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How telemedicine can reduce, inform EMS transport decisions

Networked video technology is making it increasingly easy to connect patients at rural hospitals and incident scenes with specialist physicians


ORLANDO, Fla. — Telehealth, also known as telemedicine, is on the rise for treating a wide-variety of patient conditions. Pediatrician James Marcin, MD, MPH, University of California Davis, discussed uses for telemedicine by physicians and other health care providers at the American Heart Association’s Scientific Sessions 2015.

Telemedicine use should always be driven by a clear clinical need or problem. There is less success when technology is applied as a 'wow effect' in search of a problem. Marcin believes success is more likely when telemedicine is identified as a solution to an existing problem.

Marcin showed several videos of neonates in respiratory or cardiac compromise at small, community hospitals. A pediatrician at Marcin's tertiary children's specialty hospital was able to view the patient, telemetry data for the infant, confer with the on-site care team and guide patient care. One of the top benefits of telemedicine Marcin described was avoiding unnecessary flight or ground transports of these neonates to the tertiary children's hospital.

Memorable quotes from telehealth session

"In 2014, there were 20 million telehealth encounters. In 2020 there are expected to be  150 million telehealth encounters."

"Telemedicine sounds cool but there are several examples of failure, because too often this is a push technology rather than a pull technology."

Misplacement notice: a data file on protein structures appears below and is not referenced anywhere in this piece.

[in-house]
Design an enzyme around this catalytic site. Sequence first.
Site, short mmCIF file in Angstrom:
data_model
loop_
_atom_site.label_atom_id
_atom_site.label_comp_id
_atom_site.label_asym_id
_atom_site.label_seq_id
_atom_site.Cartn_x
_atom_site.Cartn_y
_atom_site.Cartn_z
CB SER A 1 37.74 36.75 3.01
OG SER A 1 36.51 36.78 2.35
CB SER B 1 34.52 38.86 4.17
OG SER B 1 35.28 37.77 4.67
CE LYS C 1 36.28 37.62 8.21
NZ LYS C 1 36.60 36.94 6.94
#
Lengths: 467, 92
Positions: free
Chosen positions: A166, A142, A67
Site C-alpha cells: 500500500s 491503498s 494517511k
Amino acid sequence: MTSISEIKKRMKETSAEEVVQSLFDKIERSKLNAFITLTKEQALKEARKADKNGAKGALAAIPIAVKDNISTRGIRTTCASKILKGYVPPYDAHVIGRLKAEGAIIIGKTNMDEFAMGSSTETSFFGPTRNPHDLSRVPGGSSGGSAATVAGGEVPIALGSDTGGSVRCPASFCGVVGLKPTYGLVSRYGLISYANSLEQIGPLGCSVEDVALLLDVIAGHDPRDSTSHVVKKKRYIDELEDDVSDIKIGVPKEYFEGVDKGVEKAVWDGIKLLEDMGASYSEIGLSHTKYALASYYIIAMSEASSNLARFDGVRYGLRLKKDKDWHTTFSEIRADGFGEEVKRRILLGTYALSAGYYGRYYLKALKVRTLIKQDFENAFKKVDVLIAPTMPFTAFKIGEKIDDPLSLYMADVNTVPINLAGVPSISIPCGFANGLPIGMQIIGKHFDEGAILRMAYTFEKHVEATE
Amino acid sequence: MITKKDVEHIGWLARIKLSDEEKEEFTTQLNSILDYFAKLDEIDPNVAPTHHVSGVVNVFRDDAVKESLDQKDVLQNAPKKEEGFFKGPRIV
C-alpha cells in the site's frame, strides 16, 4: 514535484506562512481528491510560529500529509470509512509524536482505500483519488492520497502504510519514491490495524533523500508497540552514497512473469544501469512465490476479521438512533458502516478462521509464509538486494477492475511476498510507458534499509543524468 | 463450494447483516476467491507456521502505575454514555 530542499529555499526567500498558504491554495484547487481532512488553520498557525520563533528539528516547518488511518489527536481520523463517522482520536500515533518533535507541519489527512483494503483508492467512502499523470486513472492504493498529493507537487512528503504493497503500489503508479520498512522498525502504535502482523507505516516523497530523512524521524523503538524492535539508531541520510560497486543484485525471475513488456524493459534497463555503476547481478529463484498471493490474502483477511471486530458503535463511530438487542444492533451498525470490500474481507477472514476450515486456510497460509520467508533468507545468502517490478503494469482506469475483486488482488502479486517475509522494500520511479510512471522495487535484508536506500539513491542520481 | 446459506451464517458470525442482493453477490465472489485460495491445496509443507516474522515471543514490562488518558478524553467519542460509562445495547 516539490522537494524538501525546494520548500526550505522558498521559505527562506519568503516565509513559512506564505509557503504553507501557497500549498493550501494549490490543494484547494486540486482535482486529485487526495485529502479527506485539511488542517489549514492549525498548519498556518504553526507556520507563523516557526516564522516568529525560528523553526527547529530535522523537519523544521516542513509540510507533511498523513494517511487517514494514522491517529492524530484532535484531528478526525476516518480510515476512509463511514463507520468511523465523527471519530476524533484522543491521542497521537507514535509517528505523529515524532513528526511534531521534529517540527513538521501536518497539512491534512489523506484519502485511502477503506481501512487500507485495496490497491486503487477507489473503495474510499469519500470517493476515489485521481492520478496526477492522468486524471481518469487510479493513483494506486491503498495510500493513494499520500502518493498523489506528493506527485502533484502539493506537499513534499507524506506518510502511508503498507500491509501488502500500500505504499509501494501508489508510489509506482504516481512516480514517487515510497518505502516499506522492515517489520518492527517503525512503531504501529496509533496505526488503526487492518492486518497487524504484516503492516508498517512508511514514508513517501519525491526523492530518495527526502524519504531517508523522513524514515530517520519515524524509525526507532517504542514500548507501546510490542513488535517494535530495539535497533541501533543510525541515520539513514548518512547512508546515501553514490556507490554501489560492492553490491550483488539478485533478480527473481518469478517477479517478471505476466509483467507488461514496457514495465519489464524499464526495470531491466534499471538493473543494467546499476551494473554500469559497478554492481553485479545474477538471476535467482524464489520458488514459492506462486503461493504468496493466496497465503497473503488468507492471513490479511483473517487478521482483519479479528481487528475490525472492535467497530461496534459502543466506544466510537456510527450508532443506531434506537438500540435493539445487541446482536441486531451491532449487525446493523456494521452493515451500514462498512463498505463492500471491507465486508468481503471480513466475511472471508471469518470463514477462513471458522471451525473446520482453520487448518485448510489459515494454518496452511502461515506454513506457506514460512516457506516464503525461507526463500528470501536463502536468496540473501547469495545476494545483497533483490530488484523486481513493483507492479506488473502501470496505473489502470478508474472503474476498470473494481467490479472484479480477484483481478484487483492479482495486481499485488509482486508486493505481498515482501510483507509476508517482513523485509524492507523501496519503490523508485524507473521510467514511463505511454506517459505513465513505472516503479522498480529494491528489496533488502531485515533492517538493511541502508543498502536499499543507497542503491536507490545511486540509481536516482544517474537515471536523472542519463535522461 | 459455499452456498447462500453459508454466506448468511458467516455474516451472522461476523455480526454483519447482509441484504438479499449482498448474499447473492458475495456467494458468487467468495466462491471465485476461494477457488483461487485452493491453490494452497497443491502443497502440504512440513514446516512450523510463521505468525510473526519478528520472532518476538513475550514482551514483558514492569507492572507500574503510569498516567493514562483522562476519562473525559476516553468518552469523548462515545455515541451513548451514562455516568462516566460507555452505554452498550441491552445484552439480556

Key takeaways on telemedicine

Here are three key takeaways on telemedicine as an EMS technology:

1. Telemedicine has many potential uses for EMS

In the prehospital setting, telemedicine may be used for video-assisted triage and transport decisions. Telemedicine can connect a physician with a responder and the patient at the scene or in the ambulance.

2. Utility of telemedicine should be driven by need for additional expertise

Telemedicine gives immediate access to clinical expertise. For rural hospitals, a telemedicine consult can potentially improve interfacility patient transport decisions.

3. Telemedicine can be integrated into existing processes

Marcin described many applications for telemedicine and how it has been integrated into existing processes for assessing patients and making decisions about transporting patients to a tertiary care center. 

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